Monday, December 13, 2010


Even the oldest of trees continues its wonderful labor.
Hummingbird lives in one of them.
He's there for the white blossoms, and the secrecy.
The blossoms could be snow, with a dash of pink.
At first the fruit is small and green and hard.
Everything has dreams, hope, ambition.

If I could I would always live in such shining obedience
where nothing but the wind trims the boughs.
I am sorry for every mistake I have made in my life.
I'm sorry I wasn't wiser sooner.
I'm sorry I ever spoke of myself as lonely.

Oh, love, lay your hands upon me again.
Some of the fruit ripens and is picked and is delicious.
Some of it falls and the ants are delighted.
Some of it hides under the snow and the famished deer are saved.

Perhaps our love is never enough, but love, no matter how small, feeds some being.  Maybe we don't see the results, only the small hardness of our hearts when love is not accepted or acknowledged.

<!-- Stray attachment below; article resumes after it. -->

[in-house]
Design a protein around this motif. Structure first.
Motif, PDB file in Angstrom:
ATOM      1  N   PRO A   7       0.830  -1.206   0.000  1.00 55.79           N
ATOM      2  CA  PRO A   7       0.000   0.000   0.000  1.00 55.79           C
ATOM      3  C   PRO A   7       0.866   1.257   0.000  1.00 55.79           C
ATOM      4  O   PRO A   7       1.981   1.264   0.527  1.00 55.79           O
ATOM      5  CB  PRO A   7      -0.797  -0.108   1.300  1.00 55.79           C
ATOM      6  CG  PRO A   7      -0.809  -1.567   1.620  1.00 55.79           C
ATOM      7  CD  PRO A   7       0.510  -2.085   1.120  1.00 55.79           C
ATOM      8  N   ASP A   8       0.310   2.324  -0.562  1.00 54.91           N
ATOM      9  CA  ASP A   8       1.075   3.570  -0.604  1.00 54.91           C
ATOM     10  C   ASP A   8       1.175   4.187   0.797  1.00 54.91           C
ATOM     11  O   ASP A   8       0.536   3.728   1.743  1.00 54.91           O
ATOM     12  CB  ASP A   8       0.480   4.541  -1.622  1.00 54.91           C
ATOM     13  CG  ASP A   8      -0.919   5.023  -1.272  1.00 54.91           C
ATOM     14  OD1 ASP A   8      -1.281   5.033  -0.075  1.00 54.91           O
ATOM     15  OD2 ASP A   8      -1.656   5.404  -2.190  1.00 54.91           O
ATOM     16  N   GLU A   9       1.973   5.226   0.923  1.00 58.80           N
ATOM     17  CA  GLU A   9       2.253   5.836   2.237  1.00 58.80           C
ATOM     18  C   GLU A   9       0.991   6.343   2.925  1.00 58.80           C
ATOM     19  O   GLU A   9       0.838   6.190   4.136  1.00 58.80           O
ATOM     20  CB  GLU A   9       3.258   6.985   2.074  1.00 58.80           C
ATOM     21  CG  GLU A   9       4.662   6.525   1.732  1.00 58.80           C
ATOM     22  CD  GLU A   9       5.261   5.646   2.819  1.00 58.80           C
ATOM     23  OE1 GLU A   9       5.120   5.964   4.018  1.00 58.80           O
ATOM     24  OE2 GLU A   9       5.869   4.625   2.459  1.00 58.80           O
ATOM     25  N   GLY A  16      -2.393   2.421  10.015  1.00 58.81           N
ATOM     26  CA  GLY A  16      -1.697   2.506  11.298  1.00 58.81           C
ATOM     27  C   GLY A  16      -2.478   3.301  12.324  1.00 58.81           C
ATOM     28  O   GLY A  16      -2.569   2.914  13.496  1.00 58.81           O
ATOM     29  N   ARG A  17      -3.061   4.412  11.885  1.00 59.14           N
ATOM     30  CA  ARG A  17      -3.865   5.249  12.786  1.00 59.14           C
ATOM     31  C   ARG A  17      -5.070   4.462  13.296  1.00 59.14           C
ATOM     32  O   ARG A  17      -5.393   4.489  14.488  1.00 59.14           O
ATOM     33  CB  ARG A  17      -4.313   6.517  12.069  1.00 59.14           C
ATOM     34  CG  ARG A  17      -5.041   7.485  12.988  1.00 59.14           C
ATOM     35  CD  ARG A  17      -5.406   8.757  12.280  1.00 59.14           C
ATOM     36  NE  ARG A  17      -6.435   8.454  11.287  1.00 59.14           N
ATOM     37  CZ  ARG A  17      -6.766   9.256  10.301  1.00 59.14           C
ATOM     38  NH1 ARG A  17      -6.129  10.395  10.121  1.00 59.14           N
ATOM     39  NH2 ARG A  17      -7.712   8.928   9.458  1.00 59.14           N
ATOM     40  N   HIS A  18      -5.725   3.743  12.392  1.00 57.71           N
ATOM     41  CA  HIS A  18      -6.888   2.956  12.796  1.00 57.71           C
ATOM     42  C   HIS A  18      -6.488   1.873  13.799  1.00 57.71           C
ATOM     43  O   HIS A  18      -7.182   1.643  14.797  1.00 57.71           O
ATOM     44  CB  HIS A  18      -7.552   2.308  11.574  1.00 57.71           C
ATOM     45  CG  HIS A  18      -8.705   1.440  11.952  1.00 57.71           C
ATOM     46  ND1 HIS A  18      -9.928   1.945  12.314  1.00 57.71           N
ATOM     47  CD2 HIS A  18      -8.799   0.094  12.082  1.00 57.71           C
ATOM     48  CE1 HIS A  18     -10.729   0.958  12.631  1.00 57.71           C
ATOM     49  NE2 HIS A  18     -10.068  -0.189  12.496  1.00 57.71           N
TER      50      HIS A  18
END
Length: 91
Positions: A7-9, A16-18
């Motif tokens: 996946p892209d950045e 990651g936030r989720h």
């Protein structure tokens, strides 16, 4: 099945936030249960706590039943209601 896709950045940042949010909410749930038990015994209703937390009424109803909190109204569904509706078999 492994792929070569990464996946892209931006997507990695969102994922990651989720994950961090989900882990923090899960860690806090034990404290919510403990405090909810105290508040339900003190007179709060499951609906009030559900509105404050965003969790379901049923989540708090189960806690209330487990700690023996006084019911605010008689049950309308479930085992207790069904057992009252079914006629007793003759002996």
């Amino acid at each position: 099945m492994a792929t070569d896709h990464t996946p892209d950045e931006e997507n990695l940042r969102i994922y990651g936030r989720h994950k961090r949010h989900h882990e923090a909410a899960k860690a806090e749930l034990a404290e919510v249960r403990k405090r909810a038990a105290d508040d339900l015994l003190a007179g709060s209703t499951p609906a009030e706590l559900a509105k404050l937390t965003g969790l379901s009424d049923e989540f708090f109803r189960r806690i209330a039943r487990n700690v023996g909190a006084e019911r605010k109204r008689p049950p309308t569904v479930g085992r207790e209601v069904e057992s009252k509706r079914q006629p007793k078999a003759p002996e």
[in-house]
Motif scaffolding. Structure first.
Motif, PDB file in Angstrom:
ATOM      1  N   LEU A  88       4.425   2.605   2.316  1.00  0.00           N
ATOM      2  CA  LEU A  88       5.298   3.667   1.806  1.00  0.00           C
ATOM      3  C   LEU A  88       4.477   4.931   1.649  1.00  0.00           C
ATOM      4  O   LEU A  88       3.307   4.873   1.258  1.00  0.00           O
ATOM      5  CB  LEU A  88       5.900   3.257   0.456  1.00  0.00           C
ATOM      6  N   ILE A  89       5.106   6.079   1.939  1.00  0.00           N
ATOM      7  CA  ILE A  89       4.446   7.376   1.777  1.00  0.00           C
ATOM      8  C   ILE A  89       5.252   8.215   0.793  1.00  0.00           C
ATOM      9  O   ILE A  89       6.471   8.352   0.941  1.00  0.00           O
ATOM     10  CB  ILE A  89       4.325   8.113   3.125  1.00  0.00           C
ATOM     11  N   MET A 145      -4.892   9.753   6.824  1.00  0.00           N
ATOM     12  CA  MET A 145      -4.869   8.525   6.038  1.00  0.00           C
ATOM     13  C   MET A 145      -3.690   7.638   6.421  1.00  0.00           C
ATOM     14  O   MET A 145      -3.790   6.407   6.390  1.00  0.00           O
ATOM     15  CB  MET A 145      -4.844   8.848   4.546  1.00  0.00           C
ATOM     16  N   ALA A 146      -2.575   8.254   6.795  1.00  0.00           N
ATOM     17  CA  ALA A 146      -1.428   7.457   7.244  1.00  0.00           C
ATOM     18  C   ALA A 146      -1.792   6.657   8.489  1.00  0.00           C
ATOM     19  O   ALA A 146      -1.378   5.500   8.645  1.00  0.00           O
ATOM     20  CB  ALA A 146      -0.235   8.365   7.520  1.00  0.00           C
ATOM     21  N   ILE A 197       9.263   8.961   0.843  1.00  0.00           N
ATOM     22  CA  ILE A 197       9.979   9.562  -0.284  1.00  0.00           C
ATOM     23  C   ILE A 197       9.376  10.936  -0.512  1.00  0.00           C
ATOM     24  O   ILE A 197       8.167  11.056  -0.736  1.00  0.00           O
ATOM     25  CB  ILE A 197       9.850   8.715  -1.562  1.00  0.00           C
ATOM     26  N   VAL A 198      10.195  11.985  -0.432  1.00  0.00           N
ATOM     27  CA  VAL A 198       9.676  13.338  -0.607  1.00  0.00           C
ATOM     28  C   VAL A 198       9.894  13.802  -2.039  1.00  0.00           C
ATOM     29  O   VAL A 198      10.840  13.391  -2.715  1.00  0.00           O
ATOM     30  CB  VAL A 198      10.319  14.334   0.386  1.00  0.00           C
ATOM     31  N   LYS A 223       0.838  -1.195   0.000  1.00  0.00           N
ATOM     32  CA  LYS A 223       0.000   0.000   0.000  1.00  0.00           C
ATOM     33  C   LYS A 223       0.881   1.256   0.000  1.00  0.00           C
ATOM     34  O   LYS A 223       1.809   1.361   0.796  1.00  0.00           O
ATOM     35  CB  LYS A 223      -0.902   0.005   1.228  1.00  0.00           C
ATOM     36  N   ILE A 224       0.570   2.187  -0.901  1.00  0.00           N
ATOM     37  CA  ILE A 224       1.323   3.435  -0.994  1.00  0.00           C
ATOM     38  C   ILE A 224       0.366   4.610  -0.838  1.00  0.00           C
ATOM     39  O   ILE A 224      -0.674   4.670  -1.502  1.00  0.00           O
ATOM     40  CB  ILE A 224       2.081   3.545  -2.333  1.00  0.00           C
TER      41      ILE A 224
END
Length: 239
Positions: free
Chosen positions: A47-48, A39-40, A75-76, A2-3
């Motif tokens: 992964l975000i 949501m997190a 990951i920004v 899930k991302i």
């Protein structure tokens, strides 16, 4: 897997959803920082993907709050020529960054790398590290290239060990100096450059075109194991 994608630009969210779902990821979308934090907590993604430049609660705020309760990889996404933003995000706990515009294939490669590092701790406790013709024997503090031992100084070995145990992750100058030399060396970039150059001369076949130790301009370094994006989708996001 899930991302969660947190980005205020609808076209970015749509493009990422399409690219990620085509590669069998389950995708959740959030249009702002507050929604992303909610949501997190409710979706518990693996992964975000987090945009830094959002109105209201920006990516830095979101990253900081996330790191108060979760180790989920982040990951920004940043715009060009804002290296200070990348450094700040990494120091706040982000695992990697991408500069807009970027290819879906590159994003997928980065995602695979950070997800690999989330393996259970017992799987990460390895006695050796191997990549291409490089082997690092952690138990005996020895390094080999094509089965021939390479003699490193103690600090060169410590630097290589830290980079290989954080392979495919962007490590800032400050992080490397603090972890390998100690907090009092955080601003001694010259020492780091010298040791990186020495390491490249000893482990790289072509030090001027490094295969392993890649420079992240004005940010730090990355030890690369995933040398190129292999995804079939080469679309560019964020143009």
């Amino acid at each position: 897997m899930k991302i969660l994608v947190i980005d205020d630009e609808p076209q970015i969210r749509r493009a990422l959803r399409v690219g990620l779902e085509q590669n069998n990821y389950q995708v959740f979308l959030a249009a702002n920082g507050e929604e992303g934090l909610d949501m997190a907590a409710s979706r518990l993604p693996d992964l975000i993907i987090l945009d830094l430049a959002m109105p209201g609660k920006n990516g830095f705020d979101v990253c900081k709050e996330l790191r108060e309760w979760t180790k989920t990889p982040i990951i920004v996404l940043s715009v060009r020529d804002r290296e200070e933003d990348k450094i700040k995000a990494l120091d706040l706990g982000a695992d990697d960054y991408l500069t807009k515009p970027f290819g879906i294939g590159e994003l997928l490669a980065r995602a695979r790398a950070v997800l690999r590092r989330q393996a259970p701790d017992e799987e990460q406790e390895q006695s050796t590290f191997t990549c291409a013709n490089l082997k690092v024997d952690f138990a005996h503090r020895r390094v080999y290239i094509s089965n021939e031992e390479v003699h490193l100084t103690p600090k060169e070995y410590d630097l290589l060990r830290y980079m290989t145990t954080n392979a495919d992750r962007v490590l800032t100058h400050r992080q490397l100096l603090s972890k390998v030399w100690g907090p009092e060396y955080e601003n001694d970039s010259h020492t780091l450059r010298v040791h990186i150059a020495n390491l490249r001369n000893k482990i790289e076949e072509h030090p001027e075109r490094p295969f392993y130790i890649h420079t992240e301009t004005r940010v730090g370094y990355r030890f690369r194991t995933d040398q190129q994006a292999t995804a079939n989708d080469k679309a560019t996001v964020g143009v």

Just today when I was out walking upon our local prairie, I gave a list to my companion of what I regretted in my life.  We had been looking at the birds upon the flooded grassland, and as a pair of dowitchers or lesser yellowlegs or something along that line flew over I said, "I wished I knew birds better."  Then without  missing a beat, I added to the list, "I wish I knew Spanish better."  I wish I was in better shape.  I wish my knee didn't hurt so much.  I wish I wasn't so old.

 All of this comes from seeing such beauty and feeling such love, and wanting to dance with the world and give back to this earth all that she has invested in me.

One day the winter of my years will come upon me.  Then, all my gifts may well be hidden by snow white hair and withered hands. My labor then will be that I can still love and be loved. This work, perhaps the only work that ever really matters, never ends.  Amen.

What is on your list of regrets?

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